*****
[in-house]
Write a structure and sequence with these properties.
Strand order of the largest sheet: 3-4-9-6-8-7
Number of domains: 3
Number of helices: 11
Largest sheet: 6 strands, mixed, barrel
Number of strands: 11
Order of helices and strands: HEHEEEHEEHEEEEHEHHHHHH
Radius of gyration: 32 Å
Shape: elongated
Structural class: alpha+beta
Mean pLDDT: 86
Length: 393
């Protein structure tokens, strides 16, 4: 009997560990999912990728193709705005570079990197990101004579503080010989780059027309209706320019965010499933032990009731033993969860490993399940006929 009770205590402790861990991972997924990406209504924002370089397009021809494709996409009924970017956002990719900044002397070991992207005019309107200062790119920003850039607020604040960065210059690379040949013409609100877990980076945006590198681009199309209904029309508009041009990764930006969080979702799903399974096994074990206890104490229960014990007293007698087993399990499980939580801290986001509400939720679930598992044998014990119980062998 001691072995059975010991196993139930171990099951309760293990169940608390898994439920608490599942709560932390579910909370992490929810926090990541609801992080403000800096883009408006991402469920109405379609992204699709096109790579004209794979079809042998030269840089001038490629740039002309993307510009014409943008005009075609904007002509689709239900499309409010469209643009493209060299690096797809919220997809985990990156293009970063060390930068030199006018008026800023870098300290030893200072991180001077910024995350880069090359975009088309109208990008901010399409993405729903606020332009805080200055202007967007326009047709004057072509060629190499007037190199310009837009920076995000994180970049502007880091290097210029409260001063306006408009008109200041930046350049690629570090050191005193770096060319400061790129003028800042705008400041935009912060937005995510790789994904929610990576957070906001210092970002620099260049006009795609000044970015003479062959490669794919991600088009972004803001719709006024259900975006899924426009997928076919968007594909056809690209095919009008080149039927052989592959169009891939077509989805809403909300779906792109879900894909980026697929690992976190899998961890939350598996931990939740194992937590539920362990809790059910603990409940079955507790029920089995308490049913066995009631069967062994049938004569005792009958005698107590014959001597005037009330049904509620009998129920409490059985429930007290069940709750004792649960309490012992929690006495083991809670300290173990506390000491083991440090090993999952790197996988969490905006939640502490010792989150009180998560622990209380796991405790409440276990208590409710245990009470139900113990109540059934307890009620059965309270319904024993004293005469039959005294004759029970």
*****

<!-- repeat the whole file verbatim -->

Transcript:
[in-house]
Write a structure and sequence with these properties.
Strand order of the largest sheet: 3-4-9-6-8-7
Number of domains: 3
Number of helices: 11
Largest sheet: 6 strands, mixed, barrel
Number of strands: 11
Order of helices and strands: HEHEEEHEEHEEEEHEHHHHHH
Radius of gyration: 32 Å
Shape: elongated
Structural class: alpha+beta
Mean pLDDT: 86
Length: 393
């Protein structure tokens, strides 16, 4: 009997560990999912990728193709705005570079990197990101004579503080010989780059027309209706320019965010499933032990009731033993969860490993399940006929 009770205590402790861990991972997924990406209504924002370089397009021809494709996409009924970017956002990719900044002397070991992207005019309107200062790119920003850039607020604040960065210059690379040949013409609100877990980076945006590198681009199309209904029309508009041009990764930006969080979702799903399974096994074990206890104490229960014990007293007698087993399990499980939580801290986001509400939720679930598992044998014990119980062998 001691072995059975010991196993139930171990099951309760293990169940608390898994439920608490599942709560932390579910909370992490929810926090990541609801992080403000800096883009408006991402469920109405379609992204699709096109790579004209794979079809042998030269840089001038490629740039002309993307510009014409943008005009075609904007002509689709239900499309409010469209643009493209060299690096797809919220997809985990990156293009970063060390930068030199006018008026800023870098300290030893200072991180001077910024995350880069090359975009088309109208990008901010399409993405729903606020332009805080200055202007967007326009047709004057072509060629190499007037190199310009837009920076995000994180970049502007880091290097210029409260001063306006408009008109200041930046350049690629570090050191005193770096060319400061790129003028800042705008400041935009912060937005995510790789994904929610990576957070906001210092970002620099260049006009795609000044970015003479062959490669794919991600088009972004803001719709006024259900975006899924426009997928076919968007594909056809690209095919009008080149039927052989592959169009891939077509989805809403909300779906792109879900894909980026697929690992976190899998961890939350598996931990939740194992937590539920362990809790059910603990409940079955507790029920089995308490049913066995009631069967062994049938004569005792009958005698107590014959001597005037009330049904509620009998129920409490059985429930007290069940709750004792649960309490012992929690006495083991809670300290173990506390000491083991440090090993999952790197996988969490905006939640502490010792989150009180998560622990209380796991405790409440276990208590409710245990009470139900113990109540059934307890009620059965309270319904024993004293005469039959005294004759029970």